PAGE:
Once is not enough. Sometimes a second look, or a second episode, is necessary to convince a skeptic that a show is worth taking a risk on. So it is with ABC's dazzling but dauntingly precious Once Upon a Time (Sunday, 8/7c), which back when I was considering it for Fall Preview left me wondering: "Is this ambitiously whimsical fantasia the next Pushing Daisies cult fave or the next Eastwick insta-flop? (Either way, it will likely be an uphill climb to happily ever after.) It would be easier to love if it weren't so convoluted and campy."
But then ABC made another episode (the third, airing Nov. 6) available for review, and I started to find myself enchanted and beguiled, ready to curl up with more chapters of this fractured fairy tale. First, though, you have to digest the premise, and the overstuffed and often overripe pilot is a lot to swallow. We begin in a lavishly rendered fairy-tale land ...
Starz has greenlighted Boss, a pilot which would bring Fraiser's Kelsey Grammer back to television, Variety reports.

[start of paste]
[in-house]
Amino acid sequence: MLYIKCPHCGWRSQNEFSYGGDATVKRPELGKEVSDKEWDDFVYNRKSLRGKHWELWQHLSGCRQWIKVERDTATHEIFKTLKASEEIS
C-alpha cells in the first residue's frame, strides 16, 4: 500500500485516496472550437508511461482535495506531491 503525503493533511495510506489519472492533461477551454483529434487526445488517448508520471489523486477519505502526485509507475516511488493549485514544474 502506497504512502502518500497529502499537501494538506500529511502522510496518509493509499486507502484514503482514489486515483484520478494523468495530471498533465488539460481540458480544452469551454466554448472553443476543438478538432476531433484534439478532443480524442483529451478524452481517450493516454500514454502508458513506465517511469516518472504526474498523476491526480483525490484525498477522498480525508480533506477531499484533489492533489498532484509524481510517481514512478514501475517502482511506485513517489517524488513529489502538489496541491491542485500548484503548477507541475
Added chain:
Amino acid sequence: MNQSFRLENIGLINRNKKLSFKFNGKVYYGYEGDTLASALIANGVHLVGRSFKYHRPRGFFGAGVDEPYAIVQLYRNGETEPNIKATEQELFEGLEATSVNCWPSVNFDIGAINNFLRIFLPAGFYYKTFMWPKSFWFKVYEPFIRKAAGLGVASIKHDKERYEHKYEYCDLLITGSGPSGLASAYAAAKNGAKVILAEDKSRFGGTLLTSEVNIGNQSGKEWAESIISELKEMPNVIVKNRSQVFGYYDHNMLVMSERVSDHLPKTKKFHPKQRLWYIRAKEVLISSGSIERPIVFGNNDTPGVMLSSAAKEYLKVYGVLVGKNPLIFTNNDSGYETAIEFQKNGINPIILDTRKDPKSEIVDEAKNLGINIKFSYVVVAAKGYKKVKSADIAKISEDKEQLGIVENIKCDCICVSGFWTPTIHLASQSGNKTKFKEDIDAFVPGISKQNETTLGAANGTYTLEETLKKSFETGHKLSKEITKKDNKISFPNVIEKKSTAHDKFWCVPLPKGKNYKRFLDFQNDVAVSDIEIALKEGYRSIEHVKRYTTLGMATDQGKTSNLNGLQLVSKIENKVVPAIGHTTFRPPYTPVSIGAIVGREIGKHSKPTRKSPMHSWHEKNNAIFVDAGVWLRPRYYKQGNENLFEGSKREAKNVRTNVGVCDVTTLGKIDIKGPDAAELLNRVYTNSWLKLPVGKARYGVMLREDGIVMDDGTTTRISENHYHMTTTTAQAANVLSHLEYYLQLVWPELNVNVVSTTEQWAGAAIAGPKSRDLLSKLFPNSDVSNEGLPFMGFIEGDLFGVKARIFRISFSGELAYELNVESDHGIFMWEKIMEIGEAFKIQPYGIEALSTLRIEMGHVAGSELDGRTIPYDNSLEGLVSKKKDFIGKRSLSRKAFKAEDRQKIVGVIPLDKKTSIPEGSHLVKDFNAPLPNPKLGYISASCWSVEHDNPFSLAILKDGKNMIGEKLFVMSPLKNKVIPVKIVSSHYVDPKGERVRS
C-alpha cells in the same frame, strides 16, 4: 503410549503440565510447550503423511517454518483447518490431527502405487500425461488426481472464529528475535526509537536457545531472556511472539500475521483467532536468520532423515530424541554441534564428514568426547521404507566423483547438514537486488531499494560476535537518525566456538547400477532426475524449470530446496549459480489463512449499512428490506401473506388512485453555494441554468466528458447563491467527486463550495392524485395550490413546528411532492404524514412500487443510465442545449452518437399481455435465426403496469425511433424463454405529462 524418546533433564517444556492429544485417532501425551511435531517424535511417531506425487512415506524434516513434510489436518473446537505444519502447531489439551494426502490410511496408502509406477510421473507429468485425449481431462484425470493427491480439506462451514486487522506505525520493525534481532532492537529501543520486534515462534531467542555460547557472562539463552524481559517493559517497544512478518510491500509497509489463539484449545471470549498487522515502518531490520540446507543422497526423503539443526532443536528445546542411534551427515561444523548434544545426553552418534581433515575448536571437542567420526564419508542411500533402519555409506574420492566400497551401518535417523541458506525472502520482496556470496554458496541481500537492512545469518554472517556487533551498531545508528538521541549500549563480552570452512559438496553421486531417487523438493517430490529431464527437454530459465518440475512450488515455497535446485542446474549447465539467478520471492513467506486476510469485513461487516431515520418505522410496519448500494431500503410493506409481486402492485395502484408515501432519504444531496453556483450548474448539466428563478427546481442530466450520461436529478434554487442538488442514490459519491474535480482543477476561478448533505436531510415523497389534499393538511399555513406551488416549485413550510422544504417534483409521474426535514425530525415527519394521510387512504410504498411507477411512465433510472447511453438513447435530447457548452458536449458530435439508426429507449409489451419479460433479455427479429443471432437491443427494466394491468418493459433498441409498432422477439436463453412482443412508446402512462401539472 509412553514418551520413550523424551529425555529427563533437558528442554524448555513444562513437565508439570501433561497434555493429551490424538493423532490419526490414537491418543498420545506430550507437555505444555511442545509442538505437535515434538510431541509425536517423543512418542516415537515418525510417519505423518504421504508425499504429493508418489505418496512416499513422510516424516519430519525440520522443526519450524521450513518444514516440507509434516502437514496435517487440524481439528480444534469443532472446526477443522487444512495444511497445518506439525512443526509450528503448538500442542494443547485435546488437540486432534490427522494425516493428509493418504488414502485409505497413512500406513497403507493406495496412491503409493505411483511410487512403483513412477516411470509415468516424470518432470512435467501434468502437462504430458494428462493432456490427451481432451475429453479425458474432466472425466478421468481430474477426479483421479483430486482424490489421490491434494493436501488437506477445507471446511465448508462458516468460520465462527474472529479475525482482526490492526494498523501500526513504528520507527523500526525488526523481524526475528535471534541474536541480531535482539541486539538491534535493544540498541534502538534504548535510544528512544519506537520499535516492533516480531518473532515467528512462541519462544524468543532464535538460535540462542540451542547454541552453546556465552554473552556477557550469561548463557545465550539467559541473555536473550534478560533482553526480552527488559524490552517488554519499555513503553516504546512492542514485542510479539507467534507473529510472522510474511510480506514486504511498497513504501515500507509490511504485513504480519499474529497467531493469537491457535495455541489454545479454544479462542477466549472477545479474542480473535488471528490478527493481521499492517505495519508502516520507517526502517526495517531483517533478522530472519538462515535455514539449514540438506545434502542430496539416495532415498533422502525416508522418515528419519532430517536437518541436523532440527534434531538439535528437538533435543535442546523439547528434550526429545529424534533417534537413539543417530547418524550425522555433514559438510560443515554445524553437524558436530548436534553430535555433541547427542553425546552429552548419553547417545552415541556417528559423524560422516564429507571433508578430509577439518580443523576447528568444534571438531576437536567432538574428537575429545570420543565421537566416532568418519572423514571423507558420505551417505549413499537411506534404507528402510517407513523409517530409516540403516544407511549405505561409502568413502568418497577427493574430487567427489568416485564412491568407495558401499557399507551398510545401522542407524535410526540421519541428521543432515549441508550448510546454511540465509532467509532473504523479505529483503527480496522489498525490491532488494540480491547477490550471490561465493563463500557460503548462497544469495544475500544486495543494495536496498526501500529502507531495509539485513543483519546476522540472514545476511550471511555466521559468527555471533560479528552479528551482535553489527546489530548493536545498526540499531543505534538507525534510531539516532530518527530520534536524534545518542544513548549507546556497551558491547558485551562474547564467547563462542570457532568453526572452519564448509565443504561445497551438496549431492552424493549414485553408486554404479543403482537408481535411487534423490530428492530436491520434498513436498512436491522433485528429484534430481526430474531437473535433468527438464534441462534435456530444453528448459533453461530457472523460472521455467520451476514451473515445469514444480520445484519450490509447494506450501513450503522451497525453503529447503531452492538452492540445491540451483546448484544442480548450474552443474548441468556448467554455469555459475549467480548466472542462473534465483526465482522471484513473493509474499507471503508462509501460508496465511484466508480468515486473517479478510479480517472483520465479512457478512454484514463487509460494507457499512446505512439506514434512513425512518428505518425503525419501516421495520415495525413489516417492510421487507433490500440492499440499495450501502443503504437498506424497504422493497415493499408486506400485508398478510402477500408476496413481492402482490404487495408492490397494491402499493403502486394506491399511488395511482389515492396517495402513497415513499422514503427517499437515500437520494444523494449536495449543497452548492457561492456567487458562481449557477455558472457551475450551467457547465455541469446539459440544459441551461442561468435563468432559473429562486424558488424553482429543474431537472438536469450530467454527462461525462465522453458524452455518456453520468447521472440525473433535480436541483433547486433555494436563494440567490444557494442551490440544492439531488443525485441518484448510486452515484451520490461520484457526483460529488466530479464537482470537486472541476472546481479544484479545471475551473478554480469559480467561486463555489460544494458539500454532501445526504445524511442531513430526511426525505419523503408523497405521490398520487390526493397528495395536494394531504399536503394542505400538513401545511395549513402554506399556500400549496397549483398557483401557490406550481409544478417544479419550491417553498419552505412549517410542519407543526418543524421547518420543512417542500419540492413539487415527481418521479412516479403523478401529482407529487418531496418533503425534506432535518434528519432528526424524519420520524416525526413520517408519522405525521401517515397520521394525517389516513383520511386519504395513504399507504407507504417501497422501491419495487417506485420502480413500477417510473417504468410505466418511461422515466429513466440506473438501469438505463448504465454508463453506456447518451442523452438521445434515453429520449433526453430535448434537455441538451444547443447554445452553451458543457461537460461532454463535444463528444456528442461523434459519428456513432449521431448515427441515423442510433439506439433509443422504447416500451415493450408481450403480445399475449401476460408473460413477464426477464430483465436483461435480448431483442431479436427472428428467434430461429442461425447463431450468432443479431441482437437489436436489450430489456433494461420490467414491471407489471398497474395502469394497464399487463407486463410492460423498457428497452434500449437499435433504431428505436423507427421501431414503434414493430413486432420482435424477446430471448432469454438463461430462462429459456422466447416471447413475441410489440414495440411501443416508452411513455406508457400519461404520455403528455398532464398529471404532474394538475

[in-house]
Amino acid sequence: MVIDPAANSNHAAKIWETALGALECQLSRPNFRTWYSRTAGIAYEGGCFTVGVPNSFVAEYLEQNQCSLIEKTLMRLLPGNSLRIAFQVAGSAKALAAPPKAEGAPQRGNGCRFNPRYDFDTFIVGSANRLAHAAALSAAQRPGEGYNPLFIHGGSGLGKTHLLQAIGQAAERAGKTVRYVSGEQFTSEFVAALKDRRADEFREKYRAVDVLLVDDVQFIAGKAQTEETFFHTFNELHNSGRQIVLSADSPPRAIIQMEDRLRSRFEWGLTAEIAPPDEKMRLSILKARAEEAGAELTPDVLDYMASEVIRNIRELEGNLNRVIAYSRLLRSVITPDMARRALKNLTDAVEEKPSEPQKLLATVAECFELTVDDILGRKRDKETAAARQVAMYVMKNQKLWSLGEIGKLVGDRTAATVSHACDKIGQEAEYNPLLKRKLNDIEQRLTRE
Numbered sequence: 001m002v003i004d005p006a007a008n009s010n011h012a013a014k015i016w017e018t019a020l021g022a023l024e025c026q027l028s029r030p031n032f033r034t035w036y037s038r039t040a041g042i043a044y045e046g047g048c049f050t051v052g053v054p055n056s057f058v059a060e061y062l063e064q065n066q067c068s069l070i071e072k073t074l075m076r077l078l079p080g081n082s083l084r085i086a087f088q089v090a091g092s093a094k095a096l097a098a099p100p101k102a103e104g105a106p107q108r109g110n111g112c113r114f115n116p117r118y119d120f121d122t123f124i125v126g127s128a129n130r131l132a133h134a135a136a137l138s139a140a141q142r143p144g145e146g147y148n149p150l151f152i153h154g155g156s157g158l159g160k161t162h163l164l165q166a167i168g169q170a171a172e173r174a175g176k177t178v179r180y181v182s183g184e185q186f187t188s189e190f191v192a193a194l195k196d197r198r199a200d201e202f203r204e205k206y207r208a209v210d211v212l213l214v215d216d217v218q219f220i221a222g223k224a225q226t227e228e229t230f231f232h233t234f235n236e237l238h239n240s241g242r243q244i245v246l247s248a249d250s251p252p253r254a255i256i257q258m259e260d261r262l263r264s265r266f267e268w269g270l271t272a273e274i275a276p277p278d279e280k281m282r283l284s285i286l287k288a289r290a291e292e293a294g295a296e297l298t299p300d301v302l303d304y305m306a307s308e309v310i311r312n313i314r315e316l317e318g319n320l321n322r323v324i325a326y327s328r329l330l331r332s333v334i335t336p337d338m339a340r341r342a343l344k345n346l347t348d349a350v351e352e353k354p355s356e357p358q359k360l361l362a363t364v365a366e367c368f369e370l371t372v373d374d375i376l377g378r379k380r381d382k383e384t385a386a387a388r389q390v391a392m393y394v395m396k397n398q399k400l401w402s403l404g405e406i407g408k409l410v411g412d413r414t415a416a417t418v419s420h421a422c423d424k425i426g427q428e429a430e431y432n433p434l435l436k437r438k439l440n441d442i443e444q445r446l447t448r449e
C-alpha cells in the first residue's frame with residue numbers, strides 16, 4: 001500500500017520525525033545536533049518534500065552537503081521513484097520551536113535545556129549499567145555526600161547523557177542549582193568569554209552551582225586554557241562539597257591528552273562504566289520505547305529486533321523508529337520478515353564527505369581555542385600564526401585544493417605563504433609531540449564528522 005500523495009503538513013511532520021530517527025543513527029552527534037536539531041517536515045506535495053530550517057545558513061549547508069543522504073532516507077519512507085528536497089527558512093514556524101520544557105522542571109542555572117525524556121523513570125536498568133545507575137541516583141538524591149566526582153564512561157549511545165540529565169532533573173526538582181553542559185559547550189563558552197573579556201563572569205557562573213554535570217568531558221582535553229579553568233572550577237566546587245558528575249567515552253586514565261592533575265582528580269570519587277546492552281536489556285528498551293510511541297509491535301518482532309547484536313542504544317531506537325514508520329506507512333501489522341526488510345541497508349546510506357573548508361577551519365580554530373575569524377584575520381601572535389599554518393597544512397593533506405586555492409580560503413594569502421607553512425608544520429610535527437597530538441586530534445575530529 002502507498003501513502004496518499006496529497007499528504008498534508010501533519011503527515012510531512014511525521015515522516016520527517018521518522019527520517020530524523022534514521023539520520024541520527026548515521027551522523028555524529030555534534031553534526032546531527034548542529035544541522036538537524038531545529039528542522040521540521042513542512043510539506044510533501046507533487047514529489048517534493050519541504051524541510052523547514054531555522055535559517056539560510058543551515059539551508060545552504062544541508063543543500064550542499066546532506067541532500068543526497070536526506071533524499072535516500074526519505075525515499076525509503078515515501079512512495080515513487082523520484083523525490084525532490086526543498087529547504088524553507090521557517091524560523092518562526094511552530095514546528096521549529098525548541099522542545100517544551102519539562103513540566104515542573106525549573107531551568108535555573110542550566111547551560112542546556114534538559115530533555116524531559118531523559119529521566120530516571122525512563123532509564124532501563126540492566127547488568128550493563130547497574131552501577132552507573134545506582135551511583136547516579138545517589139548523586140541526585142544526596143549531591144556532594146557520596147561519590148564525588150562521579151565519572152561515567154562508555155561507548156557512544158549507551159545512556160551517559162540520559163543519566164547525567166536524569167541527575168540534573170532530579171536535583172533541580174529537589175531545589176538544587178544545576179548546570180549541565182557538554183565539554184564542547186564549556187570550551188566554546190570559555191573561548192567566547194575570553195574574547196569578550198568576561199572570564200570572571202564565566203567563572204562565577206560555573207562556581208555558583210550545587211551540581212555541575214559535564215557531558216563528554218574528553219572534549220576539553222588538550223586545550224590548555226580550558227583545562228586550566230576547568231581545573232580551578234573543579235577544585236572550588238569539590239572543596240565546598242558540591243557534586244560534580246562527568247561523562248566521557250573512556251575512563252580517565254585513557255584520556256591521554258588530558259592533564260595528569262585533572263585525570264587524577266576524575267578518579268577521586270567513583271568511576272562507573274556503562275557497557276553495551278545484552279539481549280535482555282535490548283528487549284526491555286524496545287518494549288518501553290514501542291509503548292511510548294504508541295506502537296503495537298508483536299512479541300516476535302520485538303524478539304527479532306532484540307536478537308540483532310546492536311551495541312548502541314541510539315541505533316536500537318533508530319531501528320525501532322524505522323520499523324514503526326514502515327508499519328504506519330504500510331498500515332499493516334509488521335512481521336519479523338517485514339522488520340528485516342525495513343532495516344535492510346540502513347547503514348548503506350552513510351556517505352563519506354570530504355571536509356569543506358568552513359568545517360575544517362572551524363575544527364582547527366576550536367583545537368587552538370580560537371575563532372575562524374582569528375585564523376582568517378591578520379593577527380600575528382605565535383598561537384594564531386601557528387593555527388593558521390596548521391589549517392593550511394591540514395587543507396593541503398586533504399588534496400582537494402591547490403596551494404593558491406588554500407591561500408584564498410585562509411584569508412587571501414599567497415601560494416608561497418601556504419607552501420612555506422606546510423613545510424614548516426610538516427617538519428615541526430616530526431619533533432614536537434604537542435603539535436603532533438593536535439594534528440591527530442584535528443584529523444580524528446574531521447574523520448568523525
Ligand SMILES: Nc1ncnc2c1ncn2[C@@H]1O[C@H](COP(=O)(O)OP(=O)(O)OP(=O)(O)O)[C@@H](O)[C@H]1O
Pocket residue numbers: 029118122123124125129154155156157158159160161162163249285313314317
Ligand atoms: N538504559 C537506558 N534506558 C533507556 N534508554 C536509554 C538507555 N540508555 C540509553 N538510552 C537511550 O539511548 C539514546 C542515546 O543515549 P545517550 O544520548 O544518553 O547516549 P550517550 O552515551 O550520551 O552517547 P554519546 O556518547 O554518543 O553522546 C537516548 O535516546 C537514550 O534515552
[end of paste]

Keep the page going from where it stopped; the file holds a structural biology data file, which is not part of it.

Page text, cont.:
Described as "a modern-day King Lear," the drama follows...
Not anxious to brave the roads this long holiday weekend? IFC has the perfect compromise: Wanderlust (premiering May 29 at 9 pm/ET), an original documentary detailing Hollywood's many and great road movies, with insightful commentary from such heavyweights as Dennis Hopper (Easy Rider), Alexander Payne (
Good news — Nicole Kidman has picked her next project, and it isn't Bewitched 2! Rather, the Oscar winner will star in and produce what the Hollywood Reporter is calling a female version of The Bourne Identity. Meanwhile, fellow Academy darling Tom Hanks has also selected his next big-screen outing: How Starbucks Saved My Life. In it, the producer-headliner will play an ad man who gets canned and winds up slinging lattes for a living (or, as I like to think of it, the recurring nightmare Matt Webb Mitovich has when I'm subbing as news editor). Gus Van Sant is the front-runner to direct, the Hollywood Reporter says.